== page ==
You are looking at 1 - 3 of 3 items for :

  • Type: Journal Issue x
  • Banks and Banking x
  • Planning Models; Planning Policy x
Clear All Modify Search
Dyna Heng
This paper examines the impact of the new financial services law in Bolivia—including credit quotas and interest rate caps—on financial stability and inclusion. So far, credit to “targeted” sectors is growing as intended by the law but the increase in the average loan size of microfinance institutions and the declining number of borrowers point to potentially adverse effects of the interest rate caps on financial inclusion. Looking ahead, while the new law contains many good provisions, international experience suggests that promoting financial access through credit quota and interet rate caps is very challenging. Indeed, trying to meet the 2018 credit target for the productive sectors and social housing could imply the build up of significant financial stability risks. These will need careful monitoring and possible modifications to the credit quotas and interest rate caps.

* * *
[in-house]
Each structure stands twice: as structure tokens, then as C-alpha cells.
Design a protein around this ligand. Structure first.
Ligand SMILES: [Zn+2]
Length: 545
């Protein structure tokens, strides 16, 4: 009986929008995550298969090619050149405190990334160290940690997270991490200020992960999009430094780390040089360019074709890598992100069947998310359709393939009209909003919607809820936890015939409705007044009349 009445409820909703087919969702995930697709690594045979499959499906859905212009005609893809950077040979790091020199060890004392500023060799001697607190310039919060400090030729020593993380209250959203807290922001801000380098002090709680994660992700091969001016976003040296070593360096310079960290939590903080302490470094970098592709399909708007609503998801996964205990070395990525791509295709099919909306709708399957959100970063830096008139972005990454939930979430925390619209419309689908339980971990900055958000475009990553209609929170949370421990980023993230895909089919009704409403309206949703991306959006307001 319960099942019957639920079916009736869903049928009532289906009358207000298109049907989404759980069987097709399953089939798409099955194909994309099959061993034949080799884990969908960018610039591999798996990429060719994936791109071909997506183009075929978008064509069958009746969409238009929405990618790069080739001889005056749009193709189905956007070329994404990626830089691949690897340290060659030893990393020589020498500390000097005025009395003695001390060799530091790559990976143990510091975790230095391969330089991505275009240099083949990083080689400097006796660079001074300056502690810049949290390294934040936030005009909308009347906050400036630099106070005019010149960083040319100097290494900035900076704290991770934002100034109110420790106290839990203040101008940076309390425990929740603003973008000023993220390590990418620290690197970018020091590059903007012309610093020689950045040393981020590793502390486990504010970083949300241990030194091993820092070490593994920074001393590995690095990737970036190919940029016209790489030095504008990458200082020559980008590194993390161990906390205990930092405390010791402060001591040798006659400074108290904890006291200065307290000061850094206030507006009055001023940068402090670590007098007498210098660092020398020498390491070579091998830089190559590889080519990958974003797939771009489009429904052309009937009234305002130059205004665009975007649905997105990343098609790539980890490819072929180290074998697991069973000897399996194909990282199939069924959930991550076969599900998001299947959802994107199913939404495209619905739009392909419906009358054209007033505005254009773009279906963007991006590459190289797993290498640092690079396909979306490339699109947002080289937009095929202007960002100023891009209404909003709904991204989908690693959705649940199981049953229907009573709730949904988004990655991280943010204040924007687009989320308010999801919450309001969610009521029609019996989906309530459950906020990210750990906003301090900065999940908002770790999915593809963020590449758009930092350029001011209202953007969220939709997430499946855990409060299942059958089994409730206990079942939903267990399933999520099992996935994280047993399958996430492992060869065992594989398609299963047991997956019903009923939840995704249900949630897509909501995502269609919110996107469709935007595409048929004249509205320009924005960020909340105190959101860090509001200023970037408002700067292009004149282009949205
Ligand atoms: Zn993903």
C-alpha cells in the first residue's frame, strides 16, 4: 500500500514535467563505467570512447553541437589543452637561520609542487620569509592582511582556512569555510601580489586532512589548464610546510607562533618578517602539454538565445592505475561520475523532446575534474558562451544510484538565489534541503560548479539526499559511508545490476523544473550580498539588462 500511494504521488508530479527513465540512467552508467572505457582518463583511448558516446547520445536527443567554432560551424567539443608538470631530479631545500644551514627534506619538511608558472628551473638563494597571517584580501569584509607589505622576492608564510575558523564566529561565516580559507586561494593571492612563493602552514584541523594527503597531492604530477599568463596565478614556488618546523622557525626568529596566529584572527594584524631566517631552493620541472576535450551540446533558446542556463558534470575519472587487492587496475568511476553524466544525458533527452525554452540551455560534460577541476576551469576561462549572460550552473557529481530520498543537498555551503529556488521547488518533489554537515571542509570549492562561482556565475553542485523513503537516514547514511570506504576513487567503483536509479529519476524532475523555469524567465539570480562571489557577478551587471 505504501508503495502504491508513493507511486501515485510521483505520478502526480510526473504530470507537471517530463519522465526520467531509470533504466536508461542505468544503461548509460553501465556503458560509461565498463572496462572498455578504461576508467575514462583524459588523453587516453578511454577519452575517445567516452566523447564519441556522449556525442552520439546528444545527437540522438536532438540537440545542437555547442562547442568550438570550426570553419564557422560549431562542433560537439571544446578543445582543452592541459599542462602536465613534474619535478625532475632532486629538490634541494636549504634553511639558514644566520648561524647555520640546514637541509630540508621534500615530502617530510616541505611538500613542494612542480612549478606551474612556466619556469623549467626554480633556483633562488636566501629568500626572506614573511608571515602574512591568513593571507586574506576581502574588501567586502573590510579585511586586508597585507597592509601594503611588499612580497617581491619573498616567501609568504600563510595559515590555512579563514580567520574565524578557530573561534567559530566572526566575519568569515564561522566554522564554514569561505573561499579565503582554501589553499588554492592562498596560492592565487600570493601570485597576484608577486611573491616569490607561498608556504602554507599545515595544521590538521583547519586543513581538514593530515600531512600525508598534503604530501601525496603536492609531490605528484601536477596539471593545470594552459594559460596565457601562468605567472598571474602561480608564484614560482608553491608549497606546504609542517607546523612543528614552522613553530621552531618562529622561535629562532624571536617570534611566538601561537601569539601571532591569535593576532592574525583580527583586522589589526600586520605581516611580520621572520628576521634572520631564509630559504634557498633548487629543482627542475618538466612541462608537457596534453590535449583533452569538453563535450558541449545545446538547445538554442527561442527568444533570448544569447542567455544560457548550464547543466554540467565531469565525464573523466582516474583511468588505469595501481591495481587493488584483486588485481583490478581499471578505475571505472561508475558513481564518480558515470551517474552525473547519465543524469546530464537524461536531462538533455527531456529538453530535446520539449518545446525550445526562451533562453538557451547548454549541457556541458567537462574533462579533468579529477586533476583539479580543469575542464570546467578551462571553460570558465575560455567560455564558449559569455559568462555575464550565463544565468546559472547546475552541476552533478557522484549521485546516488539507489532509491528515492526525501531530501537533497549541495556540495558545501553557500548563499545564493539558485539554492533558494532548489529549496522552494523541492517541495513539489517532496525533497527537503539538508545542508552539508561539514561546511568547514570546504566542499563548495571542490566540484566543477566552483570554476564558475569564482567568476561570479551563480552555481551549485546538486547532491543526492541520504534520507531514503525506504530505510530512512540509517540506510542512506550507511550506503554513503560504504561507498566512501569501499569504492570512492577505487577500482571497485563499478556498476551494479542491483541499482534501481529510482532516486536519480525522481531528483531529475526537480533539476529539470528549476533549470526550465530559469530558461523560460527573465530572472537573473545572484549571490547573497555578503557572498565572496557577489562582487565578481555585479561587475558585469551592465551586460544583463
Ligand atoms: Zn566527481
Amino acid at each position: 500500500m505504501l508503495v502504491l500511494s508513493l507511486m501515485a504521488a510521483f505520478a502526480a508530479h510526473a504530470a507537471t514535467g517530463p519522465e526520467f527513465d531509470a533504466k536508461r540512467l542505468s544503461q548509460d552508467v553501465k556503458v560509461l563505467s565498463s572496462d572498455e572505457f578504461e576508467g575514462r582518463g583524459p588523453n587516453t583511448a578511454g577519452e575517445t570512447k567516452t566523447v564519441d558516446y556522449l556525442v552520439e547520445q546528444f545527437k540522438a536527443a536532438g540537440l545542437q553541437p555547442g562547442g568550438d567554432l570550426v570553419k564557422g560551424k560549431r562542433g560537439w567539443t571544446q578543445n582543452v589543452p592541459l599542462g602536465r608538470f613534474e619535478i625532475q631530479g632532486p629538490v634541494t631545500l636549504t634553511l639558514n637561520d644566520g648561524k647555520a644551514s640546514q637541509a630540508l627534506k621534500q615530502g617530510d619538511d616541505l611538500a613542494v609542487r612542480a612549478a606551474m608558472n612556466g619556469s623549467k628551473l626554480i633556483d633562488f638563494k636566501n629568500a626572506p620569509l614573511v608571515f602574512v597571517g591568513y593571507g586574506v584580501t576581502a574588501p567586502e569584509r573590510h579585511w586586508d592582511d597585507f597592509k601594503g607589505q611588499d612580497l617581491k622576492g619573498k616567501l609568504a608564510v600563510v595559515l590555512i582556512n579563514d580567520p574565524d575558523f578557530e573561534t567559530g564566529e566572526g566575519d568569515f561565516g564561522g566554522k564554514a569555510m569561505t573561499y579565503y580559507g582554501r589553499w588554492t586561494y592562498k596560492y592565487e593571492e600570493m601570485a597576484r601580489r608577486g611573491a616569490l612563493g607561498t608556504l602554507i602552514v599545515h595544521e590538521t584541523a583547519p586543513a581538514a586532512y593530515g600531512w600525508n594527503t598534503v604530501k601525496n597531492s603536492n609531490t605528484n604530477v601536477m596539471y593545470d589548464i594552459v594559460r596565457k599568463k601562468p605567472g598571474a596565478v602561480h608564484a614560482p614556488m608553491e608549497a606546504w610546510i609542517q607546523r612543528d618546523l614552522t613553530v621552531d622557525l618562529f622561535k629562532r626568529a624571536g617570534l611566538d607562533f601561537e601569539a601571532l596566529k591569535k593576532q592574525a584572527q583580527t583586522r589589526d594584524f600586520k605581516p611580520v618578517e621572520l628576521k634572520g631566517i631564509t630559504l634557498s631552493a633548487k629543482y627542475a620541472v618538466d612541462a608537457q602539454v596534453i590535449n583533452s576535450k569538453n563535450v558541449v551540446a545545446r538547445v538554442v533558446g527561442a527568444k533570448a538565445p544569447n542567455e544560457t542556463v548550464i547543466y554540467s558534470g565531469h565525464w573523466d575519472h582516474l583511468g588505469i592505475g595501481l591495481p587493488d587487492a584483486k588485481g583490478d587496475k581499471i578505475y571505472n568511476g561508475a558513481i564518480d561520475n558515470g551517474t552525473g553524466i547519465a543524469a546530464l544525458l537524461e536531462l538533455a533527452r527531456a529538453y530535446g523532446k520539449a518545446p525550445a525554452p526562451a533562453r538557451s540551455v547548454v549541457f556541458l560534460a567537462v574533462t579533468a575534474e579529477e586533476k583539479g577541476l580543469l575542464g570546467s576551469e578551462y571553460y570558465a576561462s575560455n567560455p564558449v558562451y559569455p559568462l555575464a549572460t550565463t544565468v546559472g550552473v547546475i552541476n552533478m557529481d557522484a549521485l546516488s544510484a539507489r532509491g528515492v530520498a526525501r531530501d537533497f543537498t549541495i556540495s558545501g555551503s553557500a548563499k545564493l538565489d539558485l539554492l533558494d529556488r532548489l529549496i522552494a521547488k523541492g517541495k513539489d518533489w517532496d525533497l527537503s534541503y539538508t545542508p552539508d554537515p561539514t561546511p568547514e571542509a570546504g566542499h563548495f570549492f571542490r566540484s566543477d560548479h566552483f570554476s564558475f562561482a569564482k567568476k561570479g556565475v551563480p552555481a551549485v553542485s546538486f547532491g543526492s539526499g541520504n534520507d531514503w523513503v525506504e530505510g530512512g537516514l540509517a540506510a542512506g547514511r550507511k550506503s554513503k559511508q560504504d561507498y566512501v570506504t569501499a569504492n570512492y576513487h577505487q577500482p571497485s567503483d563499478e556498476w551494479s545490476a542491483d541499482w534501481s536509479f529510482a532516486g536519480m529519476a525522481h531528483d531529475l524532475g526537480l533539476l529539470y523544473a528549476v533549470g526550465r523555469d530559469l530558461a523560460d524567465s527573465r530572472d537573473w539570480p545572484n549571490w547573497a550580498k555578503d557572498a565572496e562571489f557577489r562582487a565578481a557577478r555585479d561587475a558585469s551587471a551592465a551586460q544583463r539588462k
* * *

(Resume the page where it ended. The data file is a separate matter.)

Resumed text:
International Monetary Fund
Kuwait faced the global financial crisis from a position of strength, owing to expansionary fiscal stance. The economy is expected to grow steadily over the medium term as Kuwait continues to implement the development plan and global recovery supports demand for oil. The near-term macroeconomic policy mix is adequate. The development plan (DP) implementation should be managed carefully. The financial situation of many investment companies remains precarious. Significant progress was made in the implementation of the update recommendations, but further steps are warranted.
International Monetary Fund. External Relations Dept.
This paper discusses the study on development planning conducted by a small group within the World Bank. The study reveals that most countries not only encounter the same planning problems, they make the same mistakes. The paper highlights that although most countries with development plans have not succeeded in carrying them out, some countries without national development plans or national planning agencies have been developing rapidly. The paper also highlights that the lack of government support is the prime reason why so few development plans are carried out.